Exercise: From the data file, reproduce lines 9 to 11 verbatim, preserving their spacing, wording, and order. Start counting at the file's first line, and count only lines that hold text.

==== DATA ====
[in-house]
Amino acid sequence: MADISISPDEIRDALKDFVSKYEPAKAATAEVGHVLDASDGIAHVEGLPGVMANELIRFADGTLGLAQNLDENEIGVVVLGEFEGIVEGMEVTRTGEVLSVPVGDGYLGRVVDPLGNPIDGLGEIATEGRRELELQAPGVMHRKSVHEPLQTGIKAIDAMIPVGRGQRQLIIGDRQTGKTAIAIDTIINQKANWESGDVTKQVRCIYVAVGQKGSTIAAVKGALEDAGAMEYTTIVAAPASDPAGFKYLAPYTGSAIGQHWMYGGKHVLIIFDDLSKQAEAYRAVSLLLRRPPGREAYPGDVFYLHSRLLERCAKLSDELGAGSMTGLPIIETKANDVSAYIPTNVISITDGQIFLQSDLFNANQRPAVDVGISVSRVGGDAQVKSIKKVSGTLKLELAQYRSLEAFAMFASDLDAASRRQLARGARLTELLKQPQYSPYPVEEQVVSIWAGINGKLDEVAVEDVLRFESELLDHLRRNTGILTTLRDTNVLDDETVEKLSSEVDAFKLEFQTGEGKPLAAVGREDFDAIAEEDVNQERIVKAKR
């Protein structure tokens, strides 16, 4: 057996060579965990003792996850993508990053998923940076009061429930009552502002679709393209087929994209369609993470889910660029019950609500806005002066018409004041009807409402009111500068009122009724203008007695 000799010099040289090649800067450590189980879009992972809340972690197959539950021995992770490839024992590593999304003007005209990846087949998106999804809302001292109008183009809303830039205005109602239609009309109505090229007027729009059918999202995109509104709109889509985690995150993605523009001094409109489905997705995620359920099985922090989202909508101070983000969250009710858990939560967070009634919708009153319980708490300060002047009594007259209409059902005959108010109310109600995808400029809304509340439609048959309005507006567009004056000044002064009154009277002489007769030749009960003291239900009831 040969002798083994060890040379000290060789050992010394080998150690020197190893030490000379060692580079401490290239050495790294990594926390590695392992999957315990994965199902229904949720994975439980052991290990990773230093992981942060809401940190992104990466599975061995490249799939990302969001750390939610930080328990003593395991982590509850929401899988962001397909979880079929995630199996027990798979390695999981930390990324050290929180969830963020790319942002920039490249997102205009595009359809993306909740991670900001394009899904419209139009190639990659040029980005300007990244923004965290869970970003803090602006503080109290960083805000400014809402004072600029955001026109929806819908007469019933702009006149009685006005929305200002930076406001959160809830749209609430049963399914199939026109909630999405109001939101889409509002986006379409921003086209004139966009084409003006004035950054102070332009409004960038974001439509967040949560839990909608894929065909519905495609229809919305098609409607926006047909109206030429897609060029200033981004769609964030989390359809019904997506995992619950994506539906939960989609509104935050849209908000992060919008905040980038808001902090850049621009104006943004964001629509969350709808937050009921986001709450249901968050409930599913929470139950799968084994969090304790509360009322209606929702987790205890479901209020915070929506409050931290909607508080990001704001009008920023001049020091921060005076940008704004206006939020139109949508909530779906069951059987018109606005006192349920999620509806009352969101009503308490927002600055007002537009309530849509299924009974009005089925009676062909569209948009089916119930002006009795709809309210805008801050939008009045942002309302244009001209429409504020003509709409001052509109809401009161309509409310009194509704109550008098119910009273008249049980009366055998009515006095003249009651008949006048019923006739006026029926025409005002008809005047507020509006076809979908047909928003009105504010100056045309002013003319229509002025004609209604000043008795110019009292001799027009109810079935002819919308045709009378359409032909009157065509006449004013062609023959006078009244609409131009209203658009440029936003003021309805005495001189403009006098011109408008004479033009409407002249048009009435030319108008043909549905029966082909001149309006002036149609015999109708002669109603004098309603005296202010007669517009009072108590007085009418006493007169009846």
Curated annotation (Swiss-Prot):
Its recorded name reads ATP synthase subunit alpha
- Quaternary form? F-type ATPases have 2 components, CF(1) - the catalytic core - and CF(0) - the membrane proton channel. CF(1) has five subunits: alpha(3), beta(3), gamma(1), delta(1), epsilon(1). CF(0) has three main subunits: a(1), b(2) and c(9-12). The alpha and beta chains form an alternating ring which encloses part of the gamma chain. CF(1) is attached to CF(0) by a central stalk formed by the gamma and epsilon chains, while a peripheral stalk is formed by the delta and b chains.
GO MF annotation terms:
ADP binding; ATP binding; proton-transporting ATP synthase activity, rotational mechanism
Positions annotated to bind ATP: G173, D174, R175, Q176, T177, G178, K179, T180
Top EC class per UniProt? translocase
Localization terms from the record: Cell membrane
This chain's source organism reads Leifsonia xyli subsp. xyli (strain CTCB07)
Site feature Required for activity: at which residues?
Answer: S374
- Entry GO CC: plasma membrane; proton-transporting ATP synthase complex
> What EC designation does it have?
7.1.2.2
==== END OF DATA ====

Positions annotated to bind ATP: G173, D174, R175, Q176, T177, G178, K179, T180
Top EC class per UniProt? translocase
Localization terms from the record: Cell membrane